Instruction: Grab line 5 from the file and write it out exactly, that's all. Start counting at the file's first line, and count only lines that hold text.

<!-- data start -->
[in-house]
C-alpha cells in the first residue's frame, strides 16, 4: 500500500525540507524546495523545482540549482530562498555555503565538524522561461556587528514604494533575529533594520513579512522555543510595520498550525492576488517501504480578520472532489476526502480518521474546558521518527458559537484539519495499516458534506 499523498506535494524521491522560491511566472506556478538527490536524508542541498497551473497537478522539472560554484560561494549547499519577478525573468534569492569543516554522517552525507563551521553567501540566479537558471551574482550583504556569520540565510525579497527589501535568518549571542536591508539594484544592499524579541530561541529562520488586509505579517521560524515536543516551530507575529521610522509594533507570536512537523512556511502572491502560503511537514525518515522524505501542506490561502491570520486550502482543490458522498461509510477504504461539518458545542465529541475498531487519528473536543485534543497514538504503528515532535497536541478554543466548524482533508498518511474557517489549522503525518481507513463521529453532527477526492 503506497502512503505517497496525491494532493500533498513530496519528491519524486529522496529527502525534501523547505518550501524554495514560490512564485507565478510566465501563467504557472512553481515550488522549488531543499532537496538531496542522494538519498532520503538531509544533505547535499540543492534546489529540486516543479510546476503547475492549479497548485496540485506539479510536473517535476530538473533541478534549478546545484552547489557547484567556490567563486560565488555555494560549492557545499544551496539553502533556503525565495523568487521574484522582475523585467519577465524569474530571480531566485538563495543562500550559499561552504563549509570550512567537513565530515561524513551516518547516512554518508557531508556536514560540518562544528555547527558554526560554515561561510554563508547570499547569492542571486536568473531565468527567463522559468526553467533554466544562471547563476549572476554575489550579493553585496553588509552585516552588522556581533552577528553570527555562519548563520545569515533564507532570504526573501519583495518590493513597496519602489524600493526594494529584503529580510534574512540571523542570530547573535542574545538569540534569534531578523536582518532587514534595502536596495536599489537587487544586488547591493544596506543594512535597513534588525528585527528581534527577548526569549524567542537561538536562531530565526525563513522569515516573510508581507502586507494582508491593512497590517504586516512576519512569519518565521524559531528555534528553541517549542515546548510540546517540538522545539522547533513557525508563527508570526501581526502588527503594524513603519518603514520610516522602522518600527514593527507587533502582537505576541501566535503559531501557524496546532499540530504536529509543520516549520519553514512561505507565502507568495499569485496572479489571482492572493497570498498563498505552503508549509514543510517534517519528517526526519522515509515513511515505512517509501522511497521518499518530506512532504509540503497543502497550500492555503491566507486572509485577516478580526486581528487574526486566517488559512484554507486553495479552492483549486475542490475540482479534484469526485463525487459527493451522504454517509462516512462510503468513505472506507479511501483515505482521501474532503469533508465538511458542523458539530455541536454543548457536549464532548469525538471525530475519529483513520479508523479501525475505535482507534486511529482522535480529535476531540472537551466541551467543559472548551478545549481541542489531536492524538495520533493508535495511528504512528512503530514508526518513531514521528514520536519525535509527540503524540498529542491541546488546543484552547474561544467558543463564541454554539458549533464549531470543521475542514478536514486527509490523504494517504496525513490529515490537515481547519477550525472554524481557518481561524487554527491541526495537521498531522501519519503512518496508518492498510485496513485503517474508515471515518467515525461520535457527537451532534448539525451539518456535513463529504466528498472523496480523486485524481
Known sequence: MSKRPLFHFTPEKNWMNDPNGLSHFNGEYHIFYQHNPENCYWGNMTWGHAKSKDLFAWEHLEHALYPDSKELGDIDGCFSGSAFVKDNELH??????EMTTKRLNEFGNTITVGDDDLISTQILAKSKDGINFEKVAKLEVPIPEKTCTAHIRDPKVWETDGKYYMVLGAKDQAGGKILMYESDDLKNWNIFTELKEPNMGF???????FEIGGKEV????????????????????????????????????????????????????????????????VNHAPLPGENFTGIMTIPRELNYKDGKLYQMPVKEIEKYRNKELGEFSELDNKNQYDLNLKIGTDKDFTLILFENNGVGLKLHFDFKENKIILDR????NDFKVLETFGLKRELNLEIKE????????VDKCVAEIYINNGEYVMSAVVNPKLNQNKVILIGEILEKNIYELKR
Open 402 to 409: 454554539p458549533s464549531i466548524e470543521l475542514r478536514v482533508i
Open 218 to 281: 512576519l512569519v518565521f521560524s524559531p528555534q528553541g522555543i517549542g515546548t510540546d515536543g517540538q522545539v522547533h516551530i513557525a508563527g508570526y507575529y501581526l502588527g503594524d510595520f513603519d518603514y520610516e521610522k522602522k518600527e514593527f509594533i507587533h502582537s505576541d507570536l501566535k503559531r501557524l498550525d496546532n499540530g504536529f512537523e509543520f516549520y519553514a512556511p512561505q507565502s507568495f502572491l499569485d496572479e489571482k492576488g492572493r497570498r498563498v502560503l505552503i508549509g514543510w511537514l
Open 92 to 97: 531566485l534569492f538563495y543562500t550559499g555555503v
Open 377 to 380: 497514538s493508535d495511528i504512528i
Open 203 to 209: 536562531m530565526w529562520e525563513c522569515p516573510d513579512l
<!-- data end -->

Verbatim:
Open 218 to 281: 512576519l512569519v518565521f521560524s524559531p528555534q528553541g522555543i517549542g515546548t510540546d515536543g517540538q522545539v522547533h516551530i513557525a508563527g508570526y507575529y501581526l502588527g503594524d510595520f513603519d518603514y520610516e521610522k522602522k518600527e514593527f509594533i507587533h502582537s505576541d507570536l501566535k503559531r501557524l498550525d496546532n499540530g504536529f512537523e509543520f516549520y519553514a512556511p512561505q507565502s507568495f502572491l499569485d496572479e489571482k492576488g492572493r497570498r498563498v502560503l505552503i508549509g514543510w511537514l